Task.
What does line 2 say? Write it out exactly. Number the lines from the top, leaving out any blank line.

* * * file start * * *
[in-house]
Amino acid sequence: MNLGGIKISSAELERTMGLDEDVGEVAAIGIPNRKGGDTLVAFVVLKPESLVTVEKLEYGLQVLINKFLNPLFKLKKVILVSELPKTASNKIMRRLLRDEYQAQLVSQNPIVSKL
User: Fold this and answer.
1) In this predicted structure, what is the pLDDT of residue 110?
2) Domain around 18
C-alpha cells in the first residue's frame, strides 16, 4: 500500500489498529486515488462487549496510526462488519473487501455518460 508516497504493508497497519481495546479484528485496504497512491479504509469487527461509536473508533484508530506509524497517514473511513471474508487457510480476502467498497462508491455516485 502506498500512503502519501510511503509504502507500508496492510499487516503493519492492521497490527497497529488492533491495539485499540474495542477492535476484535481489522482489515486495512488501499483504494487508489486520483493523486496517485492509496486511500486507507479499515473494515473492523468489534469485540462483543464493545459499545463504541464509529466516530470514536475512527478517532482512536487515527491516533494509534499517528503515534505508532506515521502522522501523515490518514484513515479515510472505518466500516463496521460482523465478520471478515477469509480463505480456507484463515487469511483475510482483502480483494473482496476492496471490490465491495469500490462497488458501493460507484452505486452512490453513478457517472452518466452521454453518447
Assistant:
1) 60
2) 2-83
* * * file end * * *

Amino acid sequence: MNLGGIKISSAELERTMGLDEDVGEVAAIGIPNRKGGDTLVAFVVLKPESLVTVEKLEYGLQVLINKFLNPLFKLKKVILVSELPKTASNKIMRRLLRDEYQAQLVSQNPIVSKL